Soil physical changes associated with forest harvesting operations on a organic soil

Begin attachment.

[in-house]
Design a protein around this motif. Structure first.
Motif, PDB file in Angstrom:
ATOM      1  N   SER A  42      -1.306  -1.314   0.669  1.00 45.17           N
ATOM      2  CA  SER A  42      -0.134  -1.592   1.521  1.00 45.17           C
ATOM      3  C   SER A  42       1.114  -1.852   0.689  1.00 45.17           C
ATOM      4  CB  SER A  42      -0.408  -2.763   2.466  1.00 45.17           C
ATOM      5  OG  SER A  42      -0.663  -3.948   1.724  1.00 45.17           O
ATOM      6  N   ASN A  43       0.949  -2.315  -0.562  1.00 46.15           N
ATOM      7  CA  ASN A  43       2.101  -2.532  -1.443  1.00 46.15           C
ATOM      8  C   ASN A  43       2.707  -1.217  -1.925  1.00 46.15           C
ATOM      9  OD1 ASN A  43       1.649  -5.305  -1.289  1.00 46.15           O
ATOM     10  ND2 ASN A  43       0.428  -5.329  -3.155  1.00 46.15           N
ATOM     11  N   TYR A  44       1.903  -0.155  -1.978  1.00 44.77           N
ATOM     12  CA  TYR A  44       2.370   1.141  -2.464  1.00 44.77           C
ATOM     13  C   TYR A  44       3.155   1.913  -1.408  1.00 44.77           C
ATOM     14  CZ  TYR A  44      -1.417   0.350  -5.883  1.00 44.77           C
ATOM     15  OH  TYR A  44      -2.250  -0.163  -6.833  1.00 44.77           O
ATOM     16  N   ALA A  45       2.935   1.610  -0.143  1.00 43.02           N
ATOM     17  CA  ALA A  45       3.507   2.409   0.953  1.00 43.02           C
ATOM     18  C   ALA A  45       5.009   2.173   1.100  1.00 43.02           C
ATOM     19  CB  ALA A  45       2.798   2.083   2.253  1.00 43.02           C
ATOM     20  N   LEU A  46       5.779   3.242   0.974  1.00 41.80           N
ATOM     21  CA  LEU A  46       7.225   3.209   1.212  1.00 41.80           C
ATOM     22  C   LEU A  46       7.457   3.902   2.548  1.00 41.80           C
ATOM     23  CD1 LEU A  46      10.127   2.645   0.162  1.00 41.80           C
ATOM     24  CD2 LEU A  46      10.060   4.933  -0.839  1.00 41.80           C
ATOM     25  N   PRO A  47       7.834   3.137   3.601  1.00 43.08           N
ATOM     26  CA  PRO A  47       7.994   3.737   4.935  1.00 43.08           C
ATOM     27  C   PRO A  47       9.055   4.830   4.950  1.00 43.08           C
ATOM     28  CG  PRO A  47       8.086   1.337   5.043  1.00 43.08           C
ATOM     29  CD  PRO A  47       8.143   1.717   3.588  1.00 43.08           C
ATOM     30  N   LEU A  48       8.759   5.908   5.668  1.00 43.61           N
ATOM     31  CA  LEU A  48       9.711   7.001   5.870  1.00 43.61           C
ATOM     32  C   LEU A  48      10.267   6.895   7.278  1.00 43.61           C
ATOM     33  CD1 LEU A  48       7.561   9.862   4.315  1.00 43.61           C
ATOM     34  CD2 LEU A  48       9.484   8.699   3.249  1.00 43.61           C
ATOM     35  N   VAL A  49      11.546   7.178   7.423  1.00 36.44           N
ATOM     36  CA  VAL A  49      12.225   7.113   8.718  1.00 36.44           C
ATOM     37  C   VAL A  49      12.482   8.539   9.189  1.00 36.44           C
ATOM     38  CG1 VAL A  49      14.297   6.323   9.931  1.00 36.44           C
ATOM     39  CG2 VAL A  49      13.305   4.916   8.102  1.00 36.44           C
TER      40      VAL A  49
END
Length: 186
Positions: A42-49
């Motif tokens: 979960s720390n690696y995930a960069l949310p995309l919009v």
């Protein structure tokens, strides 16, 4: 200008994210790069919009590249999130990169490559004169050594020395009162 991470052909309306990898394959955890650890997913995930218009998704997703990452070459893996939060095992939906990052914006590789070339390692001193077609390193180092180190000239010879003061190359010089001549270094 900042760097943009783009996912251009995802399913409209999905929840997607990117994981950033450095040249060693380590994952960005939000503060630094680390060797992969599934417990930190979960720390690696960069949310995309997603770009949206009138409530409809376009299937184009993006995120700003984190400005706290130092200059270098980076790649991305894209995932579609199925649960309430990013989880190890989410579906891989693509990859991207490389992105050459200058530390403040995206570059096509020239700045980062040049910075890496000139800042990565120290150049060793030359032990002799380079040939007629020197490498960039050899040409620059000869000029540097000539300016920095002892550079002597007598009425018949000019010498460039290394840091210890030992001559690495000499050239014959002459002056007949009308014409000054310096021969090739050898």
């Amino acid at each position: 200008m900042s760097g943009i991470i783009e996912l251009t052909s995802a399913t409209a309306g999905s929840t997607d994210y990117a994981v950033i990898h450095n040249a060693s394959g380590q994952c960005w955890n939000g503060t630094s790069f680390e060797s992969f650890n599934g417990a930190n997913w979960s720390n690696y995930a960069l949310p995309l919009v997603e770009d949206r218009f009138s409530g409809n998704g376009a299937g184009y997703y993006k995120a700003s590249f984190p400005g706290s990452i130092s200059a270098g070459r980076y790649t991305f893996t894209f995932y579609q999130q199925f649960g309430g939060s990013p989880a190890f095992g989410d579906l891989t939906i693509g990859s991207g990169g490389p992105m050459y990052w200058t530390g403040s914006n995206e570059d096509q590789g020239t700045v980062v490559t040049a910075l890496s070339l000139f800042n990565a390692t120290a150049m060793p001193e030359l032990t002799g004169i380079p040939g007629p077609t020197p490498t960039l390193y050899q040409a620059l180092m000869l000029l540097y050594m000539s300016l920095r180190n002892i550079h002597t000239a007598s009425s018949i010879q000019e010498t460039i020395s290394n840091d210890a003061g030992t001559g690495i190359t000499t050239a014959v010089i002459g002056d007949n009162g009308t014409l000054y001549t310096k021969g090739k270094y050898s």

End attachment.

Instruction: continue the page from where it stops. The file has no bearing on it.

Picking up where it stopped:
The influence of forest operations on forest soil and water continues to be an issue of concern in forest management. Research has focused on evaluating forest operation effects on numerous soil and water quality indicators. However, poorly drained forested watersheds with organic soil surface horizons have not been extensively investigated. A study was initiated in the Tidewater region of North Carolina to gain a better understanding of the impact of harvesting operations on poorly drained organic soils. Soils on the study site, having > 80% organic matter (OM) content to a depth of 60 cm below the soil surface, were classified as shallow organic soils. Soil physical properties were examined by collecting soil cores from control and treatment watersheds in a nested design. Compaction caused by the harvest operation increased bulk density (Db) from 0.22 to 0.27 g cm -3, decreased saturated hydraulic conductivity (ksat) from 397 to 82 cm h-1, and decreased the drained volume for a given water table depth. However, Db following the harvest remained low at 0.27 g cm -3. The drained volume at equilibrium following the lowering of the water table from the soil surface to a depth of 200 cm was reduced by 10% from that of control watershed as a result of harvesting.
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